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Analysis

A crisis in Georgia’s politics

Georgia’s parliamentary elections are scheduled for October this year, and they will be held in the face of great politico-economic instability. The level of social dissatisfaction is at a record high, but there seems to be no easy alternative to the Georgian Dream.

It would be difficult to find a more telling symbol of Georgia’s continued political tensions than the green fabric that covers the fence surrounding the square around the Georgian parliament building and which has become a billboard for both anti- and pro-government graffiti. The fence was set up in January this year. Officially, it was explained that the fence was erected because of renovation works which were needed to fix the destroyed sections. Yet it is impossible not to have the impression it was meant to halt the continuation of protests that were taking place in front of the parliament.

April 6, 2020 - Mateusz Kubiak

Putin’s ideas for 2024

Vladimir Putin’s push for constitutional changes is likely a way to stay in power. But will they be enough to convince the society which is growing more discontent with the current stagnation?

January 31, 2020 - Agnieszka Legucka

A real game changer in the region

The economic diversification and growing relations with actors other than Russia presents both great opportunities and challenges to the Eastern Partnership states. This includes deepening economic ties with the European Union, but also with China and Turkey. Meanwhile, the outlook for Russia regaining its influence in the region, or at least halting this trend, looks bleak.
In the last few years, several countries participating in the European Union’s Eastern Partnership programme have been working to deepen their economic relationship with the EU, as well as with Turkey and, to a lesser extent, China. These changes in economics will have long term geopolitical consequences. Overall, they come at the expense of Russia’s interest, which remains influential but will be unable to halt the changes with its own economic tools. This is why the Kremlin will try to promote its interests by any means necessary, including force.

January 28, 2020 - Adam Balcer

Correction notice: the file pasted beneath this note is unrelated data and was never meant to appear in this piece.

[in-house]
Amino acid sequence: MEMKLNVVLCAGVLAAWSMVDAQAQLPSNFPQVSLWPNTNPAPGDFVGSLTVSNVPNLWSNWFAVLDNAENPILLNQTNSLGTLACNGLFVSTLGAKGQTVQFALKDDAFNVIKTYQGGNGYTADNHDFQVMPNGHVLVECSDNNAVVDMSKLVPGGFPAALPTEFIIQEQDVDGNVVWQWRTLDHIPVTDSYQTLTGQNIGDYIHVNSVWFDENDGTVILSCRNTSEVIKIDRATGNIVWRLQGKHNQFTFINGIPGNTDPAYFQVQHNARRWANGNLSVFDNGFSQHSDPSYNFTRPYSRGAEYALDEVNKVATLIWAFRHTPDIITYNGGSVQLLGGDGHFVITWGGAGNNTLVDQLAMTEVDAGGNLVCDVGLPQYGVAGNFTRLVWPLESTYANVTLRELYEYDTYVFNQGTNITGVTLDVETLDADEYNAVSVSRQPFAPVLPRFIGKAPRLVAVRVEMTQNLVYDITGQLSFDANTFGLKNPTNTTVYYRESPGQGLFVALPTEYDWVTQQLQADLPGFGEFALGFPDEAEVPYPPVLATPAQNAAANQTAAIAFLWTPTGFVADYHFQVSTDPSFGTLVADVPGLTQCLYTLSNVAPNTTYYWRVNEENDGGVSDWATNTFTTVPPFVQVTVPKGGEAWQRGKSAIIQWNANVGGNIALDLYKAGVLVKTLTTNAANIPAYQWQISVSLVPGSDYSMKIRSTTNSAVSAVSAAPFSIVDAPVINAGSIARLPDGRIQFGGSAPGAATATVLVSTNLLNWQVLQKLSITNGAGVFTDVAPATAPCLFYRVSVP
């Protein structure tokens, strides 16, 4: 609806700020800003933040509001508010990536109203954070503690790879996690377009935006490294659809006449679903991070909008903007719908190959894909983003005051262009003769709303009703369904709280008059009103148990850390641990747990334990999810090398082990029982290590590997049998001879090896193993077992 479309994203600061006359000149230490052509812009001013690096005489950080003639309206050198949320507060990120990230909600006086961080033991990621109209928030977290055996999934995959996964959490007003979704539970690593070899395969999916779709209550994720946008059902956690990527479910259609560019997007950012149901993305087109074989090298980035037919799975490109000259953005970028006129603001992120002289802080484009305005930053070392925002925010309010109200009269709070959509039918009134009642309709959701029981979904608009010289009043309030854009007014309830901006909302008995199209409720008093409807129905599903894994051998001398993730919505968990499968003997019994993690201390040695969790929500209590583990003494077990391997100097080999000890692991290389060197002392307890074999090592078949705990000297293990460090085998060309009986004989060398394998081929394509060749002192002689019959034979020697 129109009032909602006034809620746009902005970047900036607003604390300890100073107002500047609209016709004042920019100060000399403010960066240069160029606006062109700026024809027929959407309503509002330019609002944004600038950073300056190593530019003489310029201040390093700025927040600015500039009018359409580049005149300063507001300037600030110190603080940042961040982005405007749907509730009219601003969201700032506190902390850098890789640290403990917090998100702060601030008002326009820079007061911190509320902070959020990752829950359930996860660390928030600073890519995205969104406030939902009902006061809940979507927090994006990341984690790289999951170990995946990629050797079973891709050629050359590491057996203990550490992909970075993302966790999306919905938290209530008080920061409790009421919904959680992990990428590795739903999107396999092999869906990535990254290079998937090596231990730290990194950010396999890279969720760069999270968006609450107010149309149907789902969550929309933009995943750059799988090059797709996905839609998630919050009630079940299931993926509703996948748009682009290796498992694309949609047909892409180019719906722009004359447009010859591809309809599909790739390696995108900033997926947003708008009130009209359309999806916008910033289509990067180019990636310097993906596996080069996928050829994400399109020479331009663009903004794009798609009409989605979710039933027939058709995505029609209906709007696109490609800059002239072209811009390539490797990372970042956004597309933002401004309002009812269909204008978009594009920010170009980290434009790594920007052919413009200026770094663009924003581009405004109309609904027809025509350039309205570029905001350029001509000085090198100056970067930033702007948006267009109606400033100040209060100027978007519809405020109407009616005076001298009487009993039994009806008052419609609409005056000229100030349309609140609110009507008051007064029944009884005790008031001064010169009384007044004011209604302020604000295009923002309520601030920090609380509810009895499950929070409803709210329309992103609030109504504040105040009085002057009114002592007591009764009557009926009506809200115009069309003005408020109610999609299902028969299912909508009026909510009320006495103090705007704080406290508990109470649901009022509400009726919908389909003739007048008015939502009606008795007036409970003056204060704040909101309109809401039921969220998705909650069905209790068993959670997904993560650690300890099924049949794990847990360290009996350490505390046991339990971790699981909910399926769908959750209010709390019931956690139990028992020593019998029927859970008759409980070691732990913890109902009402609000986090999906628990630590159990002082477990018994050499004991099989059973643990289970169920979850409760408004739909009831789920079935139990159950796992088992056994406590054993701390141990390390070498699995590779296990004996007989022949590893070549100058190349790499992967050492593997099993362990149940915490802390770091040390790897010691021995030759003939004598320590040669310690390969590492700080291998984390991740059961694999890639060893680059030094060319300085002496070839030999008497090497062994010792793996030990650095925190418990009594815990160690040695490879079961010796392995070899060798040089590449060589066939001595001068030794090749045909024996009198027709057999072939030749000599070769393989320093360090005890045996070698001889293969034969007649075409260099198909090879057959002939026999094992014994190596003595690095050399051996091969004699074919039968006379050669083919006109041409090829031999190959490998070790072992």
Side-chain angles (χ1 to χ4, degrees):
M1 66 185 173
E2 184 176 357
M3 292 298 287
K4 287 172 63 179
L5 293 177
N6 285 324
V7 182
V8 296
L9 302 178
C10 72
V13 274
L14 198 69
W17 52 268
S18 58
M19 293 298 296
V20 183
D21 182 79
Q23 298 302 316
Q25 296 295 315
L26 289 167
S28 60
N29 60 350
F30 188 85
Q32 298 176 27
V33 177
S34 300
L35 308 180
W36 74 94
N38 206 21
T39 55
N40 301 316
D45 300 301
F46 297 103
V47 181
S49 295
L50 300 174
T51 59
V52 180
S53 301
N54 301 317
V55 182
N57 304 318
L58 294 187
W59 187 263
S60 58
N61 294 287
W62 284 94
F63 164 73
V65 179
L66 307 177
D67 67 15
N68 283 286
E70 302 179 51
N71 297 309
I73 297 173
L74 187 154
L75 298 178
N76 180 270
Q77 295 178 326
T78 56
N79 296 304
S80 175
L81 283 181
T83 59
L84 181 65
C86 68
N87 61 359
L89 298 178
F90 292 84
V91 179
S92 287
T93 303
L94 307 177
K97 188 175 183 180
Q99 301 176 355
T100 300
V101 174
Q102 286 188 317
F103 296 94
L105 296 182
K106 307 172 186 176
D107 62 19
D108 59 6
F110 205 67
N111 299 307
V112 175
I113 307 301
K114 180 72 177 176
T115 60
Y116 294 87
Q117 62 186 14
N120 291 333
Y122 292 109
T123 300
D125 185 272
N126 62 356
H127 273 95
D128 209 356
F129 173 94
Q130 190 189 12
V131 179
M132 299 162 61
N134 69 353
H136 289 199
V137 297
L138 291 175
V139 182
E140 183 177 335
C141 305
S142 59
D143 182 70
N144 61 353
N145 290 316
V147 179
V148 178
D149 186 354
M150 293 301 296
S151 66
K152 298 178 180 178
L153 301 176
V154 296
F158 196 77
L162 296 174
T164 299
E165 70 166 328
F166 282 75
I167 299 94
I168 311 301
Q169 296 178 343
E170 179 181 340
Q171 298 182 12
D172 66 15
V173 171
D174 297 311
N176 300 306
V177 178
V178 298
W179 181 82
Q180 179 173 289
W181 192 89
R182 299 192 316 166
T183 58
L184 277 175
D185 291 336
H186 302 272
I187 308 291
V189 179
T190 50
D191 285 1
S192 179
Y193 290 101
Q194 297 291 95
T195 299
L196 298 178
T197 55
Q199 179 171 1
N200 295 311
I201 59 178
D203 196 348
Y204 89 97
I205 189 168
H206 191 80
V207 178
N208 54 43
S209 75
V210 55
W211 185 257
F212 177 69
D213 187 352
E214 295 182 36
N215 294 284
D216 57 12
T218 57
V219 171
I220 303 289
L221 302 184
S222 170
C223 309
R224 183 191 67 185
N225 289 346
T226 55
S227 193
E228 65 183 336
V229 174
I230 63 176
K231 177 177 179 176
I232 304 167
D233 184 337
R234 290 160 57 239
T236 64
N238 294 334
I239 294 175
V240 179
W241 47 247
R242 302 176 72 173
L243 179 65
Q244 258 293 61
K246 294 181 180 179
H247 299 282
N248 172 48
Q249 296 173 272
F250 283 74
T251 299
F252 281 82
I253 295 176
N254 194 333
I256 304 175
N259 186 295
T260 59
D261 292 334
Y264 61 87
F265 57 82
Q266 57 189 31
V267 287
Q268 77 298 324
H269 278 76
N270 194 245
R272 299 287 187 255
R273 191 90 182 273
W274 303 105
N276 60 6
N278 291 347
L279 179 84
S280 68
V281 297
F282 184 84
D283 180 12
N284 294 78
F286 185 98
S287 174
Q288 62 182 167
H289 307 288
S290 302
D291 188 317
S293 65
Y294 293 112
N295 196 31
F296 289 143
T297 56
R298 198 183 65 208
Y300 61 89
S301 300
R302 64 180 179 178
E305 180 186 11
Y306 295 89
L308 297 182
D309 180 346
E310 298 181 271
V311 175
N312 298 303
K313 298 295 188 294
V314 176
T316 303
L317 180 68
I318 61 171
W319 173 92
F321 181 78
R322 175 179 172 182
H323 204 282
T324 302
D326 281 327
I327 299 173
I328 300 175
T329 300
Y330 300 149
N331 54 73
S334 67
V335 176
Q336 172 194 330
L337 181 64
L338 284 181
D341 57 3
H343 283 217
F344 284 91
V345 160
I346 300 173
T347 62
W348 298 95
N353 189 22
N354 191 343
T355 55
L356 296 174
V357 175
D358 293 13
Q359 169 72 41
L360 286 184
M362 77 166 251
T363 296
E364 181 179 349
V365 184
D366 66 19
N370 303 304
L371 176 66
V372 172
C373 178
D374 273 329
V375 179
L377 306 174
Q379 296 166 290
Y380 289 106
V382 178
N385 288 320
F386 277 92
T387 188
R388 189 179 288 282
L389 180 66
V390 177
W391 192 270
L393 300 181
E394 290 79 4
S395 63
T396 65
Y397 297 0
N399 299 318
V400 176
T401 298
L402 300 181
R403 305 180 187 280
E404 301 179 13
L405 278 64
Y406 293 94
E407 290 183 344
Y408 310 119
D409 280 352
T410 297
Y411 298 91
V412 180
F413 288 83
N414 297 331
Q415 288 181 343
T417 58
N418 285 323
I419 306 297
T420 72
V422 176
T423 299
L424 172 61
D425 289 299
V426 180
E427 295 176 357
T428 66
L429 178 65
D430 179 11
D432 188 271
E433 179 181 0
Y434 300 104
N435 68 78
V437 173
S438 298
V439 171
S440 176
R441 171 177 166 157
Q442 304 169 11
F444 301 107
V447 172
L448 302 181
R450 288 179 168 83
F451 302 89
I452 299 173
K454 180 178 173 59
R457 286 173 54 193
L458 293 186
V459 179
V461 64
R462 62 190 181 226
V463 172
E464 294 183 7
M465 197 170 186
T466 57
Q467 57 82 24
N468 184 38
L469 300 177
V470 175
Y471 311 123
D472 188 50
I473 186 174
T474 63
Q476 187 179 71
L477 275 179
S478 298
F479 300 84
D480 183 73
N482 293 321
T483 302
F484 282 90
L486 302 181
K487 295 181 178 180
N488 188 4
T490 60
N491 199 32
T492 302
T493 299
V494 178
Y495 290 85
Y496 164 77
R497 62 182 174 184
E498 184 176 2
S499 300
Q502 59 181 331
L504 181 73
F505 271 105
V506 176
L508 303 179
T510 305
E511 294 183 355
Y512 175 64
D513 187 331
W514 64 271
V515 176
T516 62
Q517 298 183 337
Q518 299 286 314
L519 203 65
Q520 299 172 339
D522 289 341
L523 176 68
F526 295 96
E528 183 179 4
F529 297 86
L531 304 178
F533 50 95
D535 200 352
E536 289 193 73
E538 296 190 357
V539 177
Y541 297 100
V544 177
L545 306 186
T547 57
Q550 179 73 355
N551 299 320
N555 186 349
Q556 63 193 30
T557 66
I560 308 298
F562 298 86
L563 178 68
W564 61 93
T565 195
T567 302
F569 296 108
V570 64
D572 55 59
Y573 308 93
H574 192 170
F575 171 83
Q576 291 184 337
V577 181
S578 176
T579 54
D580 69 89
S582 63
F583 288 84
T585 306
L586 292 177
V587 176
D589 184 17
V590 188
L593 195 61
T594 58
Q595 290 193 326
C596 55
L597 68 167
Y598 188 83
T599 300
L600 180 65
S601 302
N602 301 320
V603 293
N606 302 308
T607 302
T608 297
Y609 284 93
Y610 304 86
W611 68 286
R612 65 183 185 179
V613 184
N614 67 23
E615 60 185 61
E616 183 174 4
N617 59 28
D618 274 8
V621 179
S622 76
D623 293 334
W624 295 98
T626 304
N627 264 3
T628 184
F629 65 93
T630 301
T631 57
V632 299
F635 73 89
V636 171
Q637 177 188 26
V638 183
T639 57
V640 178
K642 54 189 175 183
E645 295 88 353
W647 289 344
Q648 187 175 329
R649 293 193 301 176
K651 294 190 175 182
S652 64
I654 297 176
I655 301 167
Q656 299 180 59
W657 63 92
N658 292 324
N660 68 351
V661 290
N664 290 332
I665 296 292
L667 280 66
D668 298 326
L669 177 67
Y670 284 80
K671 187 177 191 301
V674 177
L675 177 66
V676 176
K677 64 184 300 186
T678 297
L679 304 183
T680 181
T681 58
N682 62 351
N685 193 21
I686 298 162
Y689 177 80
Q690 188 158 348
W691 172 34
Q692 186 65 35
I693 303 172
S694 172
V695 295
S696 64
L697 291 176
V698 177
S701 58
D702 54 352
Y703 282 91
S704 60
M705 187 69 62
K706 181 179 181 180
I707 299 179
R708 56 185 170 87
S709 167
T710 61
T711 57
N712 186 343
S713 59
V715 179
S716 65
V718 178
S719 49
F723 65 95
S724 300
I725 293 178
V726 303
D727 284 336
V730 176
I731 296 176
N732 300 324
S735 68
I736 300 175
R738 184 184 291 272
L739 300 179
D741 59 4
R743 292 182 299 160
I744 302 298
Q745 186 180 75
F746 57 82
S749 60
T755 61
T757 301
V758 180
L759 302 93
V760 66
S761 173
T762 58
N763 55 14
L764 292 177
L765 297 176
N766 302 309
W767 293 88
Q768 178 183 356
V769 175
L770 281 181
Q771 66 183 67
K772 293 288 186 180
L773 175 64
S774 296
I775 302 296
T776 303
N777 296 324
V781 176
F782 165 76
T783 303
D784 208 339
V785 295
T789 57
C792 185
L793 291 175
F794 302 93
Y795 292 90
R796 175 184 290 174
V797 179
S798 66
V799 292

The intervention in Kosovo revisited. Twelve lessons for the future

The 20th anniversary of the NATO campaign in Kosovo, which led to the beginning of a long process of state-building, was recently commemorated. Yet it is worth recalling what led to the campaign and understanding the lessons of its aftermath which are very much relevant today.
In 1999, NATO launched an 11-week air-campaign to halt the humanitarian catastrophe unfolding in Kosovo. The intervention in Kosovo is arguably one of the most important events in contemporary history. It was the first time NATO operated outside its territory and the first sustained use of force since its establishment in 1949. Furthermore, it was the first time that force was used to enforce UN Security Council resolutions for the purpose of halting crimes against humanity.

January 28, 2020 - Visar Xhambazi

Illegitimate election observation and conflict resolution

The observations of illegitimate elections in the self-proclaimed Donetsk and Luhansk Peoples’ Republics in 2014 and 2018 by far-right and far-left European politicians serve the purpose of augmenting the number of actors and dimensions of a conflict with the aim of protracting any conflict resolution process. What is more, these elections violate the sovereignty of the state, since they take place in areas not recognised by the international community.
Politically-motivated election observation, noted in the post-Soviet region since the beginning of 21st century, aims to provide a counterbalance to assessments of international missions working on the basis of transparent methodologies and long-term observation. The political observation is also extended to elections in separatist regions of the former Soviet Union, where it is used to influence the conflict resolution processes.

January 28, 2020 - Daria Paporcka

Shadow of a bear. How Viktor Medvedchuk turned from a marginal man into a grey eminence in Ukraine

Since the collapse of communism, Viktor Medvedchuk has been a prominent face in Ukraine’s political scene. His higher ambitions, however, have never come to be realised. He is now back in the parliament raising new questions of a political comeback.

On August 29th 2019 the first session of the new Ukrainian parliament since the July elections was convened. Now, the majority of the Verkhovna Rada is held by President Volodymyr Zelenskyy’s Servant of the People party which holds 254 of the 450 seats. The second largest fraction is the pro-Russian Opposition Platform – For Life; with 44 deputies, it cannot pride itself on having much influence. As a matter of fact, neither can any of the other opposition parties.

November 13, 2019 - Petro Bilian

Uncertainty and risk in Lukashenka’s times

The last 25 years in Belarus should not be seen as a period of development that was based on some predetermined plan. Rather it is a story of maintaining power, local successes and the failures of one man.